"Whoever mourns for Jerusalem will merit seeing its joy" (Ta'anit 30b). Our Sages seem to be offering words of comfort to those pious Jews over the millennium, who faithfully internalized the suffering of the Jewish people. Though they would not merit seeing the rebuilding of Jerusalem in their own lifetime—that is a blessing reserved for our generation—they would merit seeing the joy of Jerusalem after they were resurrected from the dead.
Life is so unfair. While we believe that ultimately (and ultimately can take an eternity!) justice must and will prevail—to believe otherwise would be to deny the essence of Judaism—it is clear that life is full of injustices. Moshe Rabbeinu was the greatest person who ever lived. Yet he was denied his one wish, to be able to walk in and breathe the air of the land of Israel. Moshe continued pleading his case until G-d "angrily" told him, enough already! Your request is denied.
“Everything is dependent on mazal, even the sefer Torah in the ark”. Certain mitzvoth just luck out, being widely observed across the Jewish world; whereas other, often much more important, mitzvoth are somehow neglected.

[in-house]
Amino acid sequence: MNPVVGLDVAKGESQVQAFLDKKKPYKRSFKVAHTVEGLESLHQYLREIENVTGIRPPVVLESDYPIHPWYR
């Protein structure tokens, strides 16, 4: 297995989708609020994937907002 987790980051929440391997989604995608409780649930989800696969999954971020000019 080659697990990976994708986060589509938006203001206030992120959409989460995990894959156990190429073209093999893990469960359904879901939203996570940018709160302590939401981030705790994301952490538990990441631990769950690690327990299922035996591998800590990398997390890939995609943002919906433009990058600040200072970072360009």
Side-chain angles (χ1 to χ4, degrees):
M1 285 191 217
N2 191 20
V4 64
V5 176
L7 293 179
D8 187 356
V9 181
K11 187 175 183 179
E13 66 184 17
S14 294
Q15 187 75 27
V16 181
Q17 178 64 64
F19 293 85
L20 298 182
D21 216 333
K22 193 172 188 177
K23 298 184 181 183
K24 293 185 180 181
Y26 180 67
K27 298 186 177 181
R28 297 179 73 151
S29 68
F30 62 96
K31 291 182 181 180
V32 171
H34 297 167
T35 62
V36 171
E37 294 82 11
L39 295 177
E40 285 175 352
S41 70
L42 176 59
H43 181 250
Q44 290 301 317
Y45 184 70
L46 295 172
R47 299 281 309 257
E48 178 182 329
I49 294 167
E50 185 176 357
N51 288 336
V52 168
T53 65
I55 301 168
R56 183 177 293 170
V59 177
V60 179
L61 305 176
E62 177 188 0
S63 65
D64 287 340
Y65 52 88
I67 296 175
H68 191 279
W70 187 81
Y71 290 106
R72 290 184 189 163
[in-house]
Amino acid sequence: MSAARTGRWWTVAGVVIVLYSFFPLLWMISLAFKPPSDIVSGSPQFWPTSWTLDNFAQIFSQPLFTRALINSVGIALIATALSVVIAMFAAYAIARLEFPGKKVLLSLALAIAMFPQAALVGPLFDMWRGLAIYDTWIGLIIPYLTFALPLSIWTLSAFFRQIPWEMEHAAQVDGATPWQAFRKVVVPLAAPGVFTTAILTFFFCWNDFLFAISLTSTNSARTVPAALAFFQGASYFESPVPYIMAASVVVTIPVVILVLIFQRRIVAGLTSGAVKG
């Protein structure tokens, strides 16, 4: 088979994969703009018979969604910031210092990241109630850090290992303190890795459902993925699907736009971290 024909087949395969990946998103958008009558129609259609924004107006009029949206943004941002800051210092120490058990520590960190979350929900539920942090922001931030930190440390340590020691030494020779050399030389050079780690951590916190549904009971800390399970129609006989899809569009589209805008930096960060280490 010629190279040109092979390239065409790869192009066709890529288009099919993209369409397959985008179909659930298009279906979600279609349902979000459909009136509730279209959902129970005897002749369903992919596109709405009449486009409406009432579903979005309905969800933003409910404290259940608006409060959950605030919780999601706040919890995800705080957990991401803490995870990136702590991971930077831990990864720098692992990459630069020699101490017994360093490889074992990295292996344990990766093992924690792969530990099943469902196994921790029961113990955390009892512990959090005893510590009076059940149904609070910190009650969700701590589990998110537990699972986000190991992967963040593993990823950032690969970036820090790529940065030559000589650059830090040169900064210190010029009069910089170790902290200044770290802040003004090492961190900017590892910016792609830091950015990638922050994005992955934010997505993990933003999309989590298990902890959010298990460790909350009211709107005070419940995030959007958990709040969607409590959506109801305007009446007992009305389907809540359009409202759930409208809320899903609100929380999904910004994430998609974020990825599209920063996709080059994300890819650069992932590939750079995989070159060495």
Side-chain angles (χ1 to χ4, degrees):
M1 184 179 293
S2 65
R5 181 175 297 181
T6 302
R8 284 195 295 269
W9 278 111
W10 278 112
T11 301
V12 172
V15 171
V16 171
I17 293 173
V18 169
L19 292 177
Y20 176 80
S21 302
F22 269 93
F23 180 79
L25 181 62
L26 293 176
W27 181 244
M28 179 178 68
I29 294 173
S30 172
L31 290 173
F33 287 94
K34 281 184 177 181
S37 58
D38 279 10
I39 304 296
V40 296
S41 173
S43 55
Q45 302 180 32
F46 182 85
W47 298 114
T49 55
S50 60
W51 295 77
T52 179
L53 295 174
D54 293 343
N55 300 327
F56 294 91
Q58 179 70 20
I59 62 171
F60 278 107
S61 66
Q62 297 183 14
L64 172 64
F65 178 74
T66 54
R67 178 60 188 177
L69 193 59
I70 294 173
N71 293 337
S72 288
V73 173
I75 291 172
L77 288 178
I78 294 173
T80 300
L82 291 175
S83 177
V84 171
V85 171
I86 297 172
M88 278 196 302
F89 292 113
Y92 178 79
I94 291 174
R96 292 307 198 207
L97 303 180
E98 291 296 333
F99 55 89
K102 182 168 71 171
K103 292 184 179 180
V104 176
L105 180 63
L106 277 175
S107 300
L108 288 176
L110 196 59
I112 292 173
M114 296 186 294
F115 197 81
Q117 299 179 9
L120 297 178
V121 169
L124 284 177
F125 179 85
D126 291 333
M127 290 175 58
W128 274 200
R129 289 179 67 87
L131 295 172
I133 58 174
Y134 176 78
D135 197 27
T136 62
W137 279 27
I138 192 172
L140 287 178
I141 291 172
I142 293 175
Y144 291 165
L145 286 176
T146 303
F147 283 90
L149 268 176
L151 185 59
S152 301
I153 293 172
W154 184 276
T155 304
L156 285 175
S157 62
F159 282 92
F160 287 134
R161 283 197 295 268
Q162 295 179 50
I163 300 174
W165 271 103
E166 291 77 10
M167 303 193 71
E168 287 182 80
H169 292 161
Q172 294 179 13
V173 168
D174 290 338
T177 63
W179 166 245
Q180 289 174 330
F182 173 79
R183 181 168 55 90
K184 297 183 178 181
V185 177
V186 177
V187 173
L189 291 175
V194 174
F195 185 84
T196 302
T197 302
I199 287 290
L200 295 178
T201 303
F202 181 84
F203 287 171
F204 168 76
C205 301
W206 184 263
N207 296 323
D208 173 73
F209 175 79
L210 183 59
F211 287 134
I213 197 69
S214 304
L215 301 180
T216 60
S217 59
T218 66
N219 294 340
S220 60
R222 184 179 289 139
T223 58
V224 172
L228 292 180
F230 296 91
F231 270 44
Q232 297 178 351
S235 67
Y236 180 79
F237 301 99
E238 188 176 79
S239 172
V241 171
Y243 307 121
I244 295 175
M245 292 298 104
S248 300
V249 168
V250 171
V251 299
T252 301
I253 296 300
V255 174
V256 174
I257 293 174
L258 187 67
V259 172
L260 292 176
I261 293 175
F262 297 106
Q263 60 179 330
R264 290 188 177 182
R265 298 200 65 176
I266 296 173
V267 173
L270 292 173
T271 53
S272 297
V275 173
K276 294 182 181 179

"Eleh Hadevarim, these are the words that Moshe spoke to all of Israel" (Devarim 1:1). In Biblical Hebrew, the word eleh comes to differentiate and distinguish itself from what came beforehand. In this case it serves to mark sefer Devarim as fundamentally different from the other four books of the Torah.
This week's d'var Torah is sponsored by Golda Brown in honour of the yahrzeit of her son, Moshe Chanoch Brown Krakowsky, z"l. May his memory be for a blessing.
Language plays a crucial role in national identity. Those of us living in Canada know how sensitive issues of language can be. Theodore Herzl devoted his life to the Zionist movement, yet—as hard as it is for us to imagine—he envisioned German as the language of the Jewish state.
One does not have to look very hard to find sources within our tradition that allow, encourage, or even demand that we “hate” others. While the mitzvah to love our neighbour as ourselves is, according to Rabbi Akiva, the fundamental principle of the Torah, many restrict our neighbour (re'acha) to re'acha b’mitzvot, our neighbour in mitzvoth, excluding those are not observant.